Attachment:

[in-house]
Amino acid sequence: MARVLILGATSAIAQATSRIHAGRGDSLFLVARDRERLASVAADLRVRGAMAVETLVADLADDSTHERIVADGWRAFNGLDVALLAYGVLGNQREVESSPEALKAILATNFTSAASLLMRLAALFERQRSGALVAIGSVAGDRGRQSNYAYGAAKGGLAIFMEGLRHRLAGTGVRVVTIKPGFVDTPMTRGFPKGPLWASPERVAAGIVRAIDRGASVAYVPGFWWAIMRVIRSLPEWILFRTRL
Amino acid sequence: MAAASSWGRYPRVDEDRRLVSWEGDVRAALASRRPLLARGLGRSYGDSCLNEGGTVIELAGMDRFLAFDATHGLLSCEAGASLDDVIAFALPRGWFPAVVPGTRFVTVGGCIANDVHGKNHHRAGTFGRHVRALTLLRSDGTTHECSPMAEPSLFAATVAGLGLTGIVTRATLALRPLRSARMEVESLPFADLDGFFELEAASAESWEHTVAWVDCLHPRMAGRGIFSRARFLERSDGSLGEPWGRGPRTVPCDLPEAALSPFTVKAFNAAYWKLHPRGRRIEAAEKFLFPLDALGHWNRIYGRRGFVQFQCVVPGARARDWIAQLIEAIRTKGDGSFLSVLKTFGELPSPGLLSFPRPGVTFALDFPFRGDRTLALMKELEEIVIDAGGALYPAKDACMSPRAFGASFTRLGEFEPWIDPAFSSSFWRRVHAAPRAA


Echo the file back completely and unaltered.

[in-house]
Amino acid sequence: MARVLILGATSAIAQATSRIHAGRGDSLFLVARDRERLASVAADLRVRGAMAVETLVADLADDSTHERIVADGWRAFNGLDVALLAYGVLGNQREVESSPEALKAILATNFTSAASLLMRLAALFERQRSGALVAIGSVAGDRGRQSNYAYGAAKGGLAIFMEGLRHRLAGTGVRVVTIKPGFVDTPMTRGFPKGPLWASPERVAAGIVRAIDRGASVAYVPGFWWAIMRVIRSLPEWILFRTRL
Amino acid sequence: MAAASSWGRYPRVDEDRRLVSWEGDVRAALASRRPLLARGLGRSYGDSCLNEGGTVIELAGMDRFLAFDATHGLLSCEAGASLDDVIAFALPRGWFPAVVPGTRFVTVGGCIANDVHGKNHHRAGTFGRHVRALTLLRSDGTTHECSPMAEPSLFAATVAGLGLTGIVTRATLALRPLRSARMEVESLPFADLDGFFELEAASAESWEHTVAWVDCLHPRMAGRGIFSRARFLERSDGSLGEPWGRGPRTVPCDLPEAALSPFTVKAFNAAYWKLHPRGRRIEAAEKFLFPLDALGHWNRIYGRRGFVQFQCVVPGARARDWIAQLIEAIRTKGDGSFLSVLKTFGELPSPGLLSFPRPGVTFALDFPFRGDRTLALMKELEEIVIDAGGALYPAKDACMSPRAFGASFTRLGEFEPWIDPAFSSSFWRRVHAAPRAA